Like any group of people, not all cavers are the same. Some love long expeditions where they may spend a week or more underground, mapping new caves and plumbing their depths. Others may go in to study the geology or search for fossils. Some are studying the biosphere within caves. I have a lot of respect for those folks. Me, I like to take beginners caving. I also like to teach cave rescue and to talk about it.

And I think my role in taking new folks caving can be as important as what many of my fellow cavers do. Yes, it means I often go into the same caves over and over again, and that may sound boring, but honestly, it’s generally not. I often get to see the cave again through new eyes.

What brought on this post was the fact that I had the opportunity to take a friend and her twins caving for a second time. The wonder and excitement that their 6 year old eyes brought to the cave was wonderful. Passages I took as boring and mundane they saw as exciting and exhilarating. Their enjoyment was a breath of fresh air.

I’m a member of the National Speleological Society  I support the NSS because it supports cavers. But, I have a nit to pick with some (certainly not all) of my fellow members.

Let me preface by saying that caves can be rare and unique areas. While they can appear to be solid, non-changing areas made of stone, they can be dynamic places and the presence of humans can easily have a dramatic, negative impact.  For example, people hiking a mountain don’t have an impact on it simply by breathing near the mountain (they can certainly have other impacts). But, bringing enough people into a cave can have a dramatic impact on fungal and bacterial growth simply due to the amount of moisture they bring into the cave with them. They can also bring fungi and bacteria into a cave that may not have been there before.

In addition, many once beautiful caves have been destroyed by treasure collectors who have broken off cave formations such as stalactites and stalagmites. Once removed, it can be hundreds of years or more before they’ll reform. Even touching a forming one can alter its formation.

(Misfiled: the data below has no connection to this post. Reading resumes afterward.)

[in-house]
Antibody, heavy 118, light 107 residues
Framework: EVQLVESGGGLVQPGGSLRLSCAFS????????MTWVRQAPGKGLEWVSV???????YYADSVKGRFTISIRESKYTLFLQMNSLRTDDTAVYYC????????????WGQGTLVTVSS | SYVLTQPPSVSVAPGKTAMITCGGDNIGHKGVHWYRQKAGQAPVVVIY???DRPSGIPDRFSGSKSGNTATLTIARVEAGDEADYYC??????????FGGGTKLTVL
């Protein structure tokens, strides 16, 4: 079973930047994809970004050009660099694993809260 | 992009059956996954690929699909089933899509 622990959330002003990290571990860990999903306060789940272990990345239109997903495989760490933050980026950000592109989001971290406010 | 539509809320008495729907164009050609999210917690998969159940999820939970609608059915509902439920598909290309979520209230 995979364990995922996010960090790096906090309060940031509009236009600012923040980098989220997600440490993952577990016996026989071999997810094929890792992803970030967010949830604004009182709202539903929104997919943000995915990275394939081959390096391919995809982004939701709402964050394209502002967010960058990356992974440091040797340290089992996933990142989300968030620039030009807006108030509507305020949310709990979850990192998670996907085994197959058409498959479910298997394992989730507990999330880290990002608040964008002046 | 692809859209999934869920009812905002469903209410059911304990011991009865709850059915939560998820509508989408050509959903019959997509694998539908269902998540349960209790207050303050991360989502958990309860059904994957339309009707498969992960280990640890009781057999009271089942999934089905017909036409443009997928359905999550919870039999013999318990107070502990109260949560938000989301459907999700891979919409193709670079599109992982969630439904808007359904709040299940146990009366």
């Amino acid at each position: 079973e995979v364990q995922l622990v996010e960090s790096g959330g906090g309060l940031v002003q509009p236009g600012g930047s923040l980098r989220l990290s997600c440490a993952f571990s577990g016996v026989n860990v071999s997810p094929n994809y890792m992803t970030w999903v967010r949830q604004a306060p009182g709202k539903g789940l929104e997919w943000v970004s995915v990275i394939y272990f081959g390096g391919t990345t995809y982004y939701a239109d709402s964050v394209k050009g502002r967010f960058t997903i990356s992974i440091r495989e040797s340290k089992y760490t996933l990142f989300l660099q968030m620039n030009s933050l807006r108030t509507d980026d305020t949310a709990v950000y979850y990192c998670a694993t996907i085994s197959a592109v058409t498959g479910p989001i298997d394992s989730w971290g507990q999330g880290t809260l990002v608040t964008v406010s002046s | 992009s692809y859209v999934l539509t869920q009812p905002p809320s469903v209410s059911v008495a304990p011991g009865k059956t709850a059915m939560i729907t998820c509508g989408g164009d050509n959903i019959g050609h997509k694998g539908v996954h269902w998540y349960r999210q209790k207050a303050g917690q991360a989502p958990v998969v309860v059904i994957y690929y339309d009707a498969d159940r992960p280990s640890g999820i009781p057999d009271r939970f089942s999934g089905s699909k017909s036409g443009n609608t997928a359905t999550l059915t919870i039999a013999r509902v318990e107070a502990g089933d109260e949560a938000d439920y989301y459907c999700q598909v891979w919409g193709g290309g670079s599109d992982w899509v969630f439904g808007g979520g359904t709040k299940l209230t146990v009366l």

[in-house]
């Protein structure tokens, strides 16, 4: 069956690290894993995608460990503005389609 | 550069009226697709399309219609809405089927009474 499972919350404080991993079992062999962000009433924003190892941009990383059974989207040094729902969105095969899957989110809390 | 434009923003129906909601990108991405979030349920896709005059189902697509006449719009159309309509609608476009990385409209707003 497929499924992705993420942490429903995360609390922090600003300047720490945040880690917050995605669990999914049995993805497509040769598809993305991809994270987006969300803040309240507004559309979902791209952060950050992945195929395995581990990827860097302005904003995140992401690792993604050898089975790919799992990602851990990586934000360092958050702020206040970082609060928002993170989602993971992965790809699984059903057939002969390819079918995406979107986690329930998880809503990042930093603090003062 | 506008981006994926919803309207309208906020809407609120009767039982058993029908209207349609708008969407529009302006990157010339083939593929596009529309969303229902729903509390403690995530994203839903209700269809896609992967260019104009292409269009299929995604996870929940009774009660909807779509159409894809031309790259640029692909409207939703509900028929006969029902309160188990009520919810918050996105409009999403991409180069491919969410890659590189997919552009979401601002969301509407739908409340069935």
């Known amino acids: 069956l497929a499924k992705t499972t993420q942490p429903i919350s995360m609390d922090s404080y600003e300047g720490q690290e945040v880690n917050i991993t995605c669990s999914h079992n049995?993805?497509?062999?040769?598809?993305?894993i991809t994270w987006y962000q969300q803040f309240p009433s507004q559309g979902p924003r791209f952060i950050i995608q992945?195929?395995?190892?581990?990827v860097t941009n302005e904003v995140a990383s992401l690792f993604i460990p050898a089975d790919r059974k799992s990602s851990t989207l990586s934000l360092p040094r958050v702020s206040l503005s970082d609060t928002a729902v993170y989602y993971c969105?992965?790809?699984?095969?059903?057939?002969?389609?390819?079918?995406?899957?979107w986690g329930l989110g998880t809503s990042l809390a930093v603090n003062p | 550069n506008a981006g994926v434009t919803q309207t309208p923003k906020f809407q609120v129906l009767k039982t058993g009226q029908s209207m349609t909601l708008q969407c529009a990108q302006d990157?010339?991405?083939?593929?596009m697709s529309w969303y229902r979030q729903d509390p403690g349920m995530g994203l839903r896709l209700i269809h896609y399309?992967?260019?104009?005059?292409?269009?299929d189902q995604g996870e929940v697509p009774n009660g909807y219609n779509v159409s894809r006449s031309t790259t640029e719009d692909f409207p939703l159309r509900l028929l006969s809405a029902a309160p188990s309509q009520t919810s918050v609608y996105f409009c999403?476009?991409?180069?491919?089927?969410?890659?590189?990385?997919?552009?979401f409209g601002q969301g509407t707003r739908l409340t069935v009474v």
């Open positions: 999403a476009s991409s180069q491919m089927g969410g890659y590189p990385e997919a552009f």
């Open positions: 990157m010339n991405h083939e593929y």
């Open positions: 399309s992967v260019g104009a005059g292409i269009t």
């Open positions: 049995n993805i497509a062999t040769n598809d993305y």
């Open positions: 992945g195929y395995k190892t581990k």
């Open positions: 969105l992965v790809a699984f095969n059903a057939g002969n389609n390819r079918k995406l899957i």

As a result of this, I’ve seen a movement that appears to be growing of both gating caves and of not sharing the location of caves. While cavers have often always been a bit protective of cave locations, the perception, at least to me, is that we’ve become more so. We’re reluctant to share the caving experience because we’re afraid “too many people will come and ruin the cave.” And there’s probably some truth to that.

But, while I certainly favor protecting our caves, I think if we’re too protective, we end up risking losing the next generation of cavers.  And the NSS enrollment numbers suggest this may be happening.

So, I personally prefer to take beginners caving. Many will attempt to go anyway, so I’d rather they learn proper caving techniques and cave conservation.  I encourage others to do the same. Take the time to introduce others to this wonderful activity, and teach them how to do it correctly.  And fortunately for every caver that seems to have the attitude of not wanting to “let” novices into caves, there seem to be two cavers that are willing to take novices caving. So, I remain optimistic.

I’ve thought about this also as I look at the presentations some of my fellow #SQLFamily members and realized I do the same there. Many will have great presentations on complex topics and ideas. They’re great presentations. And I respect them for it and admittedly, I’m sometimes jealous of their knowledge and skills. Myself, I seem to prefer teaching more introductory topics. I think continuing to bring new folks into the world of SQL Server and into SQL Saturday and PASS Summit are important. In fact our speaker this coming Monday is Matt Cushing. He’ll be speaking about Networking 101.